(New York) – Dozens of people have been forcibly disappeared in Turkmenistan, some for more than a decade, Human Rights Watch said in a video released today. The government of Turkmenistan should immediately inform the relatives of the disappeared of their fate and whereabouts and allow them access to their loved ones.

Many of the disappeared were sentenced to lengthy prison terms in connection with the alleged assassination attempt against then-President Saparmurat Niyazov on November 25, 2002.

“It’s been 12 years of silence and repression,” said Rachel Denber, deputy Europe and Central Asia director at Human Rights Watch. “The Turkmen government needs to come clean about where these people are and indeed whether they are dead or alive.”

In the video, Sapar Yklymov tells Human Rights Watch that he has had no news whatsoever of his three brothers since their arrest shortly after the November 25, 2002 incident. His brothers, Yklym, Aman, and Oraz, were sentenced, respectively, to life, 20 years, and 19 years in prison following show trials at which they had no effective legal representation.

“I need to know where my husband is,” Tatyana Shikmuradova says in the video. Her husband, former Turkmen Foreign Minister Boris Shikhmuradov, was arrested, tried, and sentenced to 25 years in prison in a five-day span in December 2002 in connection with the November 25 events. Despite her many letters to the Turkmen authorities, Shikhmuradova has received no information about her husband and has never been permitted to correspond with or visit him.

Others forcibly disappeared after their arrest in connection with the 2002 events include Tagandurdy Khallyev, the former speaker of parliament and dean of Turkmenistan’s main law school, and Batyr Berdyev, the former ambassador to the Organization for Security and Co-operation in Europe. Both were arrested in 2002 and sentenced to 20 years in prison.

Families of the disappeared have had no official information about the fate, whereabouts, or health of their loved ones since their arrest and trial. The authorities have allowed neither correspondence nor visits. The international Prove They Are Alive! campaign, initiated by human rights groups including Human Rights Watch, has documented how, in a form of collective punishment, the authorities have arrested the relatives of several of the disappeared prisoners, had them fired from jobs, confiscated their property, or denied them permission to travel abroad.

Turkmenistan is one of the most repressive countries in the world, virtually closed to independent scrutiny. Media and religious freedoms are subject to draconian restrictions, human rights defenders and other activists face the constant threat of government reprisal, and the government uses imprisonment as a tool for political retaliation.

According to Prove They Are Alive!, several other waves of arrests and unfair trials on trumped-up charges at the end of the 1990s and early 2000s resulted in yet more enforced disappearances. In many cases, their families have been unable to learn anything about their imprisoned relatives from the government since.

Many are former officials or public figures who fell out of favor with the former government. For example, Tirkish Tyrmyev, former head of the border service, was sentenced in 2002 to 10 years in prison on abuse-of-office charges. In 2012 the authorities extended his sentence by seven years for allegedly violating prison rules.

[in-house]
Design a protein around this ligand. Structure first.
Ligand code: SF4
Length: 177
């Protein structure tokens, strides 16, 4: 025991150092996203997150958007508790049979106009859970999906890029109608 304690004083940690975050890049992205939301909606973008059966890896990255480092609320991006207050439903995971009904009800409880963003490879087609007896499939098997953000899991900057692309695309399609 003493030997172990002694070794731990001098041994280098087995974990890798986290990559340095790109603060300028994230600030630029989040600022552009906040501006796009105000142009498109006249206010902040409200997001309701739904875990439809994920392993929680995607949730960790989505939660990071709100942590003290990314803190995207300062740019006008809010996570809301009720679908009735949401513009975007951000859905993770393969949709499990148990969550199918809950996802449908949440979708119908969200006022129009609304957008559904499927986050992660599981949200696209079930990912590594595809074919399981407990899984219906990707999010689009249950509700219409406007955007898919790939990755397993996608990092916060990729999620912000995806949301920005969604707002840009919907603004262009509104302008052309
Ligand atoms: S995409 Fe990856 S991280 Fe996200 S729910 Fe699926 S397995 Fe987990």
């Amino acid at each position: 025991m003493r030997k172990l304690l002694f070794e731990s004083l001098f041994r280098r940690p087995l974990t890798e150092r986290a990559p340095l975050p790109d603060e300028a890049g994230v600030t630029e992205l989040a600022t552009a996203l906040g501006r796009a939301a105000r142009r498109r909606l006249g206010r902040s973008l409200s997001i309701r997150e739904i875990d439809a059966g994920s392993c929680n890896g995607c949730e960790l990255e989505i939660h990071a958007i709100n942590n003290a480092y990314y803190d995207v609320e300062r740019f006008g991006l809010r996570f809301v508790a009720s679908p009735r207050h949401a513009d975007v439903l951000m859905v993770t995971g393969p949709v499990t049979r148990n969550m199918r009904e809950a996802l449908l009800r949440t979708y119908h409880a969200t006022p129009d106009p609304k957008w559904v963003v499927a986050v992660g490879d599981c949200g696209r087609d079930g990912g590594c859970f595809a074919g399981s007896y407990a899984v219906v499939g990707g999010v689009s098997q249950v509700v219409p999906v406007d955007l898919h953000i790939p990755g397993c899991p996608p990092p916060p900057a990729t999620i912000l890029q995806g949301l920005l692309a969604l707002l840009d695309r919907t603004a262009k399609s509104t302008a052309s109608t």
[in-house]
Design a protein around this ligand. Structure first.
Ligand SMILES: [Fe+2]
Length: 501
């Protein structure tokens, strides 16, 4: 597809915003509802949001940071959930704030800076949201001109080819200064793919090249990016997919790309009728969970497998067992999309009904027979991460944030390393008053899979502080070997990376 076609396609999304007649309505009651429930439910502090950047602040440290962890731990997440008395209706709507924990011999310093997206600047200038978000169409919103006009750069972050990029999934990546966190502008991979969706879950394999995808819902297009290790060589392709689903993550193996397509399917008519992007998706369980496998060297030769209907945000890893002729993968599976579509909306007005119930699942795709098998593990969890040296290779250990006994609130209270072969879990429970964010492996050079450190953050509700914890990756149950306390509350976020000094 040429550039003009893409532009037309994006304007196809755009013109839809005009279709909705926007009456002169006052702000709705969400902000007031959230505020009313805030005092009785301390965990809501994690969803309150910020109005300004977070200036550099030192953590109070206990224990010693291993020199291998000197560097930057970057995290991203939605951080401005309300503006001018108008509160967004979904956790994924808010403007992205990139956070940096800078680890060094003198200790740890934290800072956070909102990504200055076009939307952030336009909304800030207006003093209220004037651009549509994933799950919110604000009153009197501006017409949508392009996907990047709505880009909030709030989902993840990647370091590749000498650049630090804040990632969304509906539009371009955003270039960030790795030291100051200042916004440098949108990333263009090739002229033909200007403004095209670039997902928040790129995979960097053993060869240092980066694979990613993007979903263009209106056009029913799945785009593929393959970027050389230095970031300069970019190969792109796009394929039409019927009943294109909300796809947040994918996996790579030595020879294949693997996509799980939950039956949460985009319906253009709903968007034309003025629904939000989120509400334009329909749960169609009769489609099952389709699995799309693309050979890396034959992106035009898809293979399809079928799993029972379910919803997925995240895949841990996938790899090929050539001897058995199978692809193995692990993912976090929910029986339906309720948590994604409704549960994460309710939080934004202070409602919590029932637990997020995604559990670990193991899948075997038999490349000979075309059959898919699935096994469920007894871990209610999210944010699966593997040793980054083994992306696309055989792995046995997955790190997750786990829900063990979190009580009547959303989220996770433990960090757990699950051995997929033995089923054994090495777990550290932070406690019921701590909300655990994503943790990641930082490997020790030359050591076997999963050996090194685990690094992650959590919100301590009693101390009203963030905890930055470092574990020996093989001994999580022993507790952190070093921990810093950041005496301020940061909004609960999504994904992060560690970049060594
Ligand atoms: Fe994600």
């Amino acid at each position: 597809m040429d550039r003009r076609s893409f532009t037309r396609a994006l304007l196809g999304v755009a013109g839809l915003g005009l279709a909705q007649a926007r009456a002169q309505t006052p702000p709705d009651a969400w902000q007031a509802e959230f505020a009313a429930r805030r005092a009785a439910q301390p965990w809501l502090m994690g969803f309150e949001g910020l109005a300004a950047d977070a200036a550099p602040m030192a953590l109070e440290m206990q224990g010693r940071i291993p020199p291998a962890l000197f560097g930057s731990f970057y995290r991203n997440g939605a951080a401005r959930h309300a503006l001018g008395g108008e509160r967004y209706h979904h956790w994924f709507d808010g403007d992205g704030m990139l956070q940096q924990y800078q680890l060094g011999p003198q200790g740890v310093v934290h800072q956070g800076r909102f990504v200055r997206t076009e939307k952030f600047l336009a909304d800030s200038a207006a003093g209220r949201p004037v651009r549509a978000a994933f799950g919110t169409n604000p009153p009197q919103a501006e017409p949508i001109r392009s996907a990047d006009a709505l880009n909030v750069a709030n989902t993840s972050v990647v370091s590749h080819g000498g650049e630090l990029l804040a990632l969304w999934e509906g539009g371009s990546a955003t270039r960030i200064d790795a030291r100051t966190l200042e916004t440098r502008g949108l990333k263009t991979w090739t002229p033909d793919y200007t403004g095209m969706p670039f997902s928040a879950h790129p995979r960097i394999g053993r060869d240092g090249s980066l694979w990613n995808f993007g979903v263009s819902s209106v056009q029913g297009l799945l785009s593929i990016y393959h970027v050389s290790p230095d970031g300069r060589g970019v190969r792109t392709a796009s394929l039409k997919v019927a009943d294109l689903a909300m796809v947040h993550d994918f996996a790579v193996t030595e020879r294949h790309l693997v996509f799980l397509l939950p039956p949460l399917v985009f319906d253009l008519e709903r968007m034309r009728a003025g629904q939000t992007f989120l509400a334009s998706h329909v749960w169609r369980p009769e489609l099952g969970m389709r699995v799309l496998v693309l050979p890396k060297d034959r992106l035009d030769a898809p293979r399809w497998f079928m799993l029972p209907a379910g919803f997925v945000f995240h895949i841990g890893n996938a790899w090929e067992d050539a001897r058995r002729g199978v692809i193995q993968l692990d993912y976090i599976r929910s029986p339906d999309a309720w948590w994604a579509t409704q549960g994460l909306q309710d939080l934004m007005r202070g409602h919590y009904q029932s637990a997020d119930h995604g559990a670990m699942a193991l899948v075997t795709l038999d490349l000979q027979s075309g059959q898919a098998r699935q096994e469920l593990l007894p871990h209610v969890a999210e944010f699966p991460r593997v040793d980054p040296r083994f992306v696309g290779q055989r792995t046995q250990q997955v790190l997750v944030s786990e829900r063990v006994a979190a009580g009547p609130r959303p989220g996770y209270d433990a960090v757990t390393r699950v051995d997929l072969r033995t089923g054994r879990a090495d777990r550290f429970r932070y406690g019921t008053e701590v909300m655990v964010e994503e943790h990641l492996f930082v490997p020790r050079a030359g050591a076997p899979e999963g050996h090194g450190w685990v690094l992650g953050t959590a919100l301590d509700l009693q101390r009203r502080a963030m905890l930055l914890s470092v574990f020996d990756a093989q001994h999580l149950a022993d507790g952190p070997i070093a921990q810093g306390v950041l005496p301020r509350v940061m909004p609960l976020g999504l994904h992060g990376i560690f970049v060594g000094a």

Another victim is Gulgeldy Annaniyazov, a former Turkmen political prisoner who had lived in exile in Norway since 2002. Annaniyazov was arrested promptly upon his return to Turkmenistan in June 2008 and sentenced soon afterward to 11 years on charges that were not made public.

Human Rights Watch said governments and international organizations around the world should press the Turkmen government to end its silence about the disappeared and allow full and ongoing access to the imprisoned people by their families, lawyers, and representatives of relevant independent bodies, including the International Committee of the Red Cross and United Nations experts.

Enforced disappearances are absolutely prohibited under international law and are a grave crime subject to universal jurisdiction for the purposes of prosecuting those responsible. They constitute flagrant and serious violations of rights enshrined under the International Covenant on Civil and Political Rights (ICCPR) and the Convention against Torture, to which Turkmenistan is a state party. These include the right to life; the right to freedom from torture or cruel, inhuman, or degrading treatment; the right to liberty and security; the right to recognition as a person before the law; and the right of all detained people to be treated with humanity.

The Human Rights Committee, the UN body that oversees governments’ implementation of the covenant, has repeatedly held that enforced disappearances violate multiple provisions of the ICCPR and in particular that being held indefinitely without contact with one’s family and the outside world constitutes a violation of the prohibition on torture and inhuman and degrading treatment.

When it reviewed Turkmenistan’s compliance with the ICCPR in March 2012, the committee marked concern about the “practice of incommunicado detention and imprisonment” and urged the authorities to “immediately make known the whereabouts of those convicted” and “allow visits from members of their families and access to their lawyers.”

“Each day the government denies families information and contact with their loved ones, it inflicts a new trauma,” Denber said. “This needs to stop now.”